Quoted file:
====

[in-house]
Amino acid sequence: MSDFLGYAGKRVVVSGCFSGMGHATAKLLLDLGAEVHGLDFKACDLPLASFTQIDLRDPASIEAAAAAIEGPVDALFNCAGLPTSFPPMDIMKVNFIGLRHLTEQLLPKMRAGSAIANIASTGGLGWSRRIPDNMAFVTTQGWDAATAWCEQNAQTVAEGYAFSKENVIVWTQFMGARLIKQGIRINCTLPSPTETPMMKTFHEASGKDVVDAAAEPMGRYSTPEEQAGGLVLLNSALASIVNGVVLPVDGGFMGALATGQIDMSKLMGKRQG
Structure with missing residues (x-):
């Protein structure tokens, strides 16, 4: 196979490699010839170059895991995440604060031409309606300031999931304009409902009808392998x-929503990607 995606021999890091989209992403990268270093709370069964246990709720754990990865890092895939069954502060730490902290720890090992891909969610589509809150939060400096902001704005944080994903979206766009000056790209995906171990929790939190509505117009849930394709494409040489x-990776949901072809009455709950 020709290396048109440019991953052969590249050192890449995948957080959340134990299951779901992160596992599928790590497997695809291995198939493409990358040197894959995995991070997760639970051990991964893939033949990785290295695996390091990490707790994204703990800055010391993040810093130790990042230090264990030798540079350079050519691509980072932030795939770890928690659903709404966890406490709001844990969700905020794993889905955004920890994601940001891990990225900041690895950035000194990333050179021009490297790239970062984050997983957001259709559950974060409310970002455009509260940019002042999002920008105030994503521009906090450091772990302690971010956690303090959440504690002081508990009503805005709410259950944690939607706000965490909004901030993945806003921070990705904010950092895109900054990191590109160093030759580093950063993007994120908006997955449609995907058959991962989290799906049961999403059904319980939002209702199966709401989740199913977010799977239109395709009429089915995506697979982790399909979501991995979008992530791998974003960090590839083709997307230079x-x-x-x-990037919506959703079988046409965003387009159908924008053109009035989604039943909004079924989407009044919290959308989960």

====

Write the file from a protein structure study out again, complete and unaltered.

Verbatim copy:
[in-house]
Amino acid sequence: MSDFLGYAGKRVVVSGCFSGMGHATAKLLLDLGAEVHGLDFKACDLPLASFTQIDLRDPASIEAAAAAIEGPVDALFNCAGLPTSFPPMDIMKVNFIGLRHLTEQLLPKMRAGSAIANIASTGGLGWSRRIPDNMAFVTTQGWDAATAWCEQNAQTVAEGYAFSKENVIVWTQFMGARLIKQGIRINCTLPSPTETPMMKTFHEASGKDVVDAAAEPMGRYSTPEEQAGGLVLLNSALASIVNGVVLPVDGGFMGALATGQIDMSKLMGKRQG
Structure with missing residues (x-):
């Protein structure tokens, strides 16, 4: 196979490699010839170059895991995440604060031409309606300031999931304009409902009808392998x-929503990607 995606021999890091989209992403990268270093709370069964246990709720754990990865890092895939069954502060730490902290720890090992891909969610589509809150939060400096902001704005944080994903979206766009000056790209995906171990929790939190509505117009849930394709494409040489x-990776949901072809009455709950 020709290396048109440019991953052969590249050192890449995948957080959340134990299951779901992160596992599928790590497997695809291995198939493409990358040197894959995995991070997760639970051990991964893939033949990785290295695996390091990490707790994204703990800055010391993040810093130790990042230090264990030798540079350079050519691509980072932030795939770890928690659903709404966890406490709001844990969700905020794993889905955004920890994601940001891990990225900041690895950035000194990333050179021009490297790239970062984050997983957001259709559950974060409310970002455009509260940019002042999002920008105030994503521009906090450091772990302690971010956690303090959440504690002081508990009503805005709410259950944690939607706000965490909004901030993945806003921070990705904010950092895109900054990191590109160093030759580093950063993007994120908006997955449609995907058959991962989290799906049961999403059904319980939002209702199966709401989740199913977010799977239109395709009429089915995506697979982790399909979501991995979008992530791998974003960090590839083709997307230079x-x-x-x-990037919506959703079988046409965003387009159908924008053109009035989604039943909004079924989407009044919290959308989960």